Title

The effects of collectivistic and individualistic values on conflict and decision-making : an experiment in China

Document Type

Journal article

Source Publication

Journal of Applied Social Psychology

Publication Date

11-1-2010

Volume

40

Issue

11

First Page

2904

Last Page

2926

Abstract

In an experiment with 80 participants in China, protagonists with opposing views in organizations that valued collectivism, compared to individualism, were found to develop cooperative goals, were confident that they could work, sought to understand, and demonstrated that they understood the opposing arguments, accepted these arguments as reasonable, and combined positions to create an integrated decision. The inductions comparing participants who valued harmony as a goal or a technique in which they pretended to agree were only partially effective and did not yield significant differences on conflict dynamics and outcomes. Findings challenge traditional theorizing that collectivistic values lead to conflict avoidance, and support recent arguments that strong, cooperative relationships promote the productive discussion of opposing views in decision making.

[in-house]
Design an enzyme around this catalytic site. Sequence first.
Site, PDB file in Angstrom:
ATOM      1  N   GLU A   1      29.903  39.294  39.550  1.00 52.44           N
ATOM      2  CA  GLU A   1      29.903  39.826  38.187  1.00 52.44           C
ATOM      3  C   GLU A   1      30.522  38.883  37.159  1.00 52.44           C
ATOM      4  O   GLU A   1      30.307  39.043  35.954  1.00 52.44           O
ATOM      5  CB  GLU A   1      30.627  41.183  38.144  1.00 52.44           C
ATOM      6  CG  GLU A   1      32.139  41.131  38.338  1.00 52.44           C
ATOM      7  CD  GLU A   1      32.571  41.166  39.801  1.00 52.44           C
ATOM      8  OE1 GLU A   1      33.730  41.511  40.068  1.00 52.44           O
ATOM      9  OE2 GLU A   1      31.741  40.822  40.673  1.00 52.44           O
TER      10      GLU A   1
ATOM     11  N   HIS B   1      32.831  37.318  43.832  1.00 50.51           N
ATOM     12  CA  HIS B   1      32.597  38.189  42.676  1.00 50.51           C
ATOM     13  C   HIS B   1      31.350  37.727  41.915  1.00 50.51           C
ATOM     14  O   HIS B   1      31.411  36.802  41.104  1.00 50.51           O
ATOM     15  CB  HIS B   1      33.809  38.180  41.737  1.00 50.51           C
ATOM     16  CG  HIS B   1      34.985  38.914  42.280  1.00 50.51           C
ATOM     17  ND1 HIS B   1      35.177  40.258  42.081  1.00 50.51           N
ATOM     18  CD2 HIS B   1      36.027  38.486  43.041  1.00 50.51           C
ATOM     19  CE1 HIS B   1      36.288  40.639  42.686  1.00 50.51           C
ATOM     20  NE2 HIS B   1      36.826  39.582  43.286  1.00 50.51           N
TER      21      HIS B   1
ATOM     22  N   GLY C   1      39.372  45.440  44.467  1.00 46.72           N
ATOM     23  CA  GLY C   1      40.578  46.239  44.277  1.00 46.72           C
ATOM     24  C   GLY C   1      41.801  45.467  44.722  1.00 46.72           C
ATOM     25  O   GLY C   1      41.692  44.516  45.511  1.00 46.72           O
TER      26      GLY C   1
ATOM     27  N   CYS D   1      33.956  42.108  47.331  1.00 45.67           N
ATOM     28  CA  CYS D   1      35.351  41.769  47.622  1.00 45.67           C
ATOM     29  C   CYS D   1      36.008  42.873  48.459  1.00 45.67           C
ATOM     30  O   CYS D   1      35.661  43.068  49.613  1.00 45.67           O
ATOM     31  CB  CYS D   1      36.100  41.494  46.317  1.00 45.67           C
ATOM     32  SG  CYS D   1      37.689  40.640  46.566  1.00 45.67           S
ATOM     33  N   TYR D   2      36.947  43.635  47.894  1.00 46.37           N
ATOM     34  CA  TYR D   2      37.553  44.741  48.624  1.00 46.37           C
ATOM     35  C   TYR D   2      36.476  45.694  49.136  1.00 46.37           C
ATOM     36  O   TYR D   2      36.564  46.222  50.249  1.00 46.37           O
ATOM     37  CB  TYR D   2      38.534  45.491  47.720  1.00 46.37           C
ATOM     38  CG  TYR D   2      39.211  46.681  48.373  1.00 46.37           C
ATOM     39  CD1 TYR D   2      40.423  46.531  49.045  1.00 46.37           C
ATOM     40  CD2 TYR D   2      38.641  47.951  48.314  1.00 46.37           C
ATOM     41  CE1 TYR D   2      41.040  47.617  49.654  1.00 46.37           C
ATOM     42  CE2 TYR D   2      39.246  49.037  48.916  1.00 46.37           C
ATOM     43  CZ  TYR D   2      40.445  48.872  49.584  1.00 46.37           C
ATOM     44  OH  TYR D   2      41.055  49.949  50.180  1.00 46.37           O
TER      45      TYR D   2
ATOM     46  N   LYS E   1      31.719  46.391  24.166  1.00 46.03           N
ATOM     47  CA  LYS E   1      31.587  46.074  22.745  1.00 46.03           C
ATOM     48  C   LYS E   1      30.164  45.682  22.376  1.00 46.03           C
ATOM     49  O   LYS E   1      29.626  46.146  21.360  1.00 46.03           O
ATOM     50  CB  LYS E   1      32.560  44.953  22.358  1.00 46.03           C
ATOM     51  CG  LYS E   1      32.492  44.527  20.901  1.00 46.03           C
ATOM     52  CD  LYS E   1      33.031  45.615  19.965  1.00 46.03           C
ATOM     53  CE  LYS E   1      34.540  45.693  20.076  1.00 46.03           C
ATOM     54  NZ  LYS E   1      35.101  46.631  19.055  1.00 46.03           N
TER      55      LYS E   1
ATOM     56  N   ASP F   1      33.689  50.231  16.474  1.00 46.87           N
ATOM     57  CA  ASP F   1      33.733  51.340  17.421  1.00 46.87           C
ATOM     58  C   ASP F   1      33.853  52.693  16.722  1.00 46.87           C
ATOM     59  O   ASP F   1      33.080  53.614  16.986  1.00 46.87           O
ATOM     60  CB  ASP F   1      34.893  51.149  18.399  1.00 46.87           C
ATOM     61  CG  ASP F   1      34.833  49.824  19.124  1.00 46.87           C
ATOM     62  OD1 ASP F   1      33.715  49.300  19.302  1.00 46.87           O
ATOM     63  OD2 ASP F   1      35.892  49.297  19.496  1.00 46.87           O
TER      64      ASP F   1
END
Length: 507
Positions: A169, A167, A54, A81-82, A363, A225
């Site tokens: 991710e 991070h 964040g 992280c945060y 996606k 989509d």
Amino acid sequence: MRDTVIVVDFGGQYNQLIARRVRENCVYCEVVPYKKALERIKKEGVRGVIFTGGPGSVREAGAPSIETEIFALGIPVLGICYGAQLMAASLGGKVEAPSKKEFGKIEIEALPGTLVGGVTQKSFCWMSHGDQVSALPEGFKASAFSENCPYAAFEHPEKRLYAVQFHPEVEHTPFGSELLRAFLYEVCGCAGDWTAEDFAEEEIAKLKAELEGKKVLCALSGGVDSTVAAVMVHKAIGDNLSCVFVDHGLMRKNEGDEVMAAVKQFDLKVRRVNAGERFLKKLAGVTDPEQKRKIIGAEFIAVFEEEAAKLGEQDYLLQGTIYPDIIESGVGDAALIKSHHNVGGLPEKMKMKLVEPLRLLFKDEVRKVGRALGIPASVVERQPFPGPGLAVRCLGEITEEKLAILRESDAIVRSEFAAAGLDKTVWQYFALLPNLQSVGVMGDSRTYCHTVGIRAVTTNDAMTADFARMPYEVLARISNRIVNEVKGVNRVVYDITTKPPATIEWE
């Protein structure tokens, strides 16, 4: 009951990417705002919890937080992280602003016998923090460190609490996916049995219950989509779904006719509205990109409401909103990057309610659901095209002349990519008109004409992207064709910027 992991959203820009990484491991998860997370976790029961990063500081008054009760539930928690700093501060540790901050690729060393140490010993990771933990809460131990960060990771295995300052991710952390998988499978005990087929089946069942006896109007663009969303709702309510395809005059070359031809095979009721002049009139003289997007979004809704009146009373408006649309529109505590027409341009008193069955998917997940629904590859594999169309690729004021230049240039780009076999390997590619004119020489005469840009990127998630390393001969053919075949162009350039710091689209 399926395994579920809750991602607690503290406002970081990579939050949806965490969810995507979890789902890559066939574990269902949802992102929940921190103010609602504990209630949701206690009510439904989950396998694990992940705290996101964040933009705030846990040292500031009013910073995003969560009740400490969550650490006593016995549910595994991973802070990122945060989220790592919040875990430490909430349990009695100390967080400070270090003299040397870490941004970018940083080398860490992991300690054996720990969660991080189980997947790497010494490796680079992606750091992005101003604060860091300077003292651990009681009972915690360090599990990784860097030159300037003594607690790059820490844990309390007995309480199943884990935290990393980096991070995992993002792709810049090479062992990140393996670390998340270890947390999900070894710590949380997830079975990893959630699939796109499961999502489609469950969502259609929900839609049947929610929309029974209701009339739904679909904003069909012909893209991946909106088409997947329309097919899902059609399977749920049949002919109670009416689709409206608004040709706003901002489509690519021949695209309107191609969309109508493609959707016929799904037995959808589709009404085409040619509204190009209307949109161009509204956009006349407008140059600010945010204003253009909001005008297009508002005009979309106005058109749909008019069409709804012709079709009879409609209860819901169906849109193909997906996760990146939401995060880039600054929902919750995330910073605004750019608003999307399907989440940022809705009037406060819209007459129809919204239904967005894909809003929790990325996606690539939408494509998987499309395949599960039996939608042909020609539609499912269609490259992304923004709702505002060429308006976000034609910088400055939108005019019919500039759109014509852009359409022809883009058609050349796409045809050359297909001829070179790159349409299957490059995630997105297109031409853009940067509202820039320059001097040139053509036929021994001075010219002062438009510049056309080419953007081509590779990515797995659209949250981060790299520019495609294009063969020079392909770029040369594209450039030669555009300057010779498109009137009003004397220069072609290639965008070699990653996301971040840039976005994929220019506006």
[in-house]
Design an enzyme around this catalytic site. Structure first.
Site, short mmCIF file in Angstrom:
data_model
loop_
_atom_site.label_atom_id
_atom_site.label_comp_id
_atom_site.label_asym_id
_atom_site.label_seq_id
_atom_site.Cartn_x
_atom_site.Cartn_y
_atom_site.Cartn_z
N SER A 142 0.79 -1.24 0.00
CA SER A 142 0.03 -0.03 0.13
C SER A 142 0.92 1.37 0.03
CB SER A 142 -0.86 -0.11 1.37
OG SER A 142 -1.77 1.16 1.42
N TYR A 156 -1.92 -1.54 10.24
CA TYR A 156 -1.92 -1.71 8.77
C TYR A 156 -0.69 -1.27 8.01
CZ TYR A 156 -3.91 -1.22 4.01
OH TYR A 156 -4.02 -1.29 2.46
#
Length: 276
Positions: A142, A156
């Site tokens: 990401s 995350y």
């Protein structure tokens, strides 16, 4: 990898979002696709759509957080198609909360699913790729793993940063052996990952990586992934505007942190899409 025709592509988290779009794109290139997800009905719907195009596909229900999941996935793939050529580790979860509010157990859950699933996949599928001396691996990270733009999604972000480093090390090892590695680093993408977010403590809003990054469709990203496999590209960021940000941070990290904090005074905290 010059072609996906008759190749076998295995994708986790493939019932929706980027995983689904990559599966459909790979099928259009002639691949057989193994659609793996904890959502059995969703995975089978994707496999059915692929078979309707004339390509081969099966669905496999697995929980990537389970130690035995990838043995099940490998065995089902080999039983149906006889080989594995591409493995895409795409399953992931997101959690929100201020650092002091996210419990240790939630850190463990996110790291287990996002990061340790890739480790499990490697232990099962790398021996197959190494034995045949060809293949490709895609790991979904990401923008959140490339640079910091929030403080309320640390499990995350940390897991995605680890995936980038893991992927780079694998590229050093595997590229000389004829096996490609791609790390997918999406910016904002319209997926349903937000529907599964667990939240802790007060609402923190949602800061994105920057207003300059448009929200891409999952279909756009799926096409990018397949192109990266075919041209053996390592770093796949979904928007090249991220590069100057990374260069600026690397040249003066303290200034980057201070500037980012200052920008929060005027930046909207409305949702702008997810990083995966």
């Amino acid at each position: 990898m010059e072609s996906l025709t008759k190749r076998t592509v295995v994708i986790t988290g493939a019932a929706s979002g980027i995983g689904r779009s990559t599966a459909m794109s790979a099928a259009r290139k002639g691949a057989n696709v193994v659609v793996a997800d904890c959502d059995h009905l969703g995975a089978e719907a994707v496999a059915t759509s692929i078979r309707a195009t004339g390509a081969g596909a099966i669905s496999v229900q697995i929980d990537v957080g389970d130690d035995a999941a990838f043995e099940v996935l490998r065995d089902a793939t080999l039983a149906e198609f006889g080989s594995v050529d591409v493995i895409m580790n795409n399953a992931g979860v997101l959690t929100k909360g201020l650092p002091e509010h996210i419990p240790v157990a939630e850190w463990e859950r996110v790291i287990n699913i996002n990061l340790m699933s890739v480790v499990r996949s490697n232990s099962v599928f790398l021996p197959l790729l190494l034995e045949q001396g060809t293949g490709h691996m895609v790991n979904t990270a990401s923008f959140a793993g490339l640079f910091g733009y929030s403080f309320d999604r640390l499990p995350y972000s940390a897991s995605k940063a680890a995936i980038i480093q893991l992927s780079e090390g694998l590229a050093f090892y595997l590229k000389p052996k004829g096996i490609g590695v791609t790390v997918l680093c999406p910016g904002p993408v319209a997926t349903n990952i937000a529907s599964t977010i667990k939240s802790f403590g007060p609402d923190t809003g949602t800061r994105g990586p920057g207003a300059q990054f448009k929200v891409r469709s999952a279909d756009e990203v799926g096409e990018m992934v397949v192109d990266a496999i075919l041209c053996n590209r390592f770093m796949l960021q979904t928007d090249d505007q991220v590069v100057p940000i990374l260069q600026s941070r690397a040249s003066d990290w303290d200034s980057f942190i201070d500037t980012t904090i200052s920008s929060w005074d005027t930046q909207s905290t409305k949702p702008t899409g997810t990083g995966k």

DOI

10.1111/j.1559-1816.2010.00686.x

Print ISSN

00219029

E-ISSN

15591816

Publisher Statement

Copyright © 2010 Wiley Periodicals, Inc

Access to external full text or publisher's version may require subscription.

Full-text Version

Publisher’s Version

Recommended Citation

Tjosvold, D., Wu, P., & Chen, Y. F. (2010). The effects of collectivistic and individualistic values on conflict and decision-making: An experiment in China. Journal of Applied Social Psychology, 40(11), 2904-2926. doi: 10.1111/j.1559-1816.2010.00686.x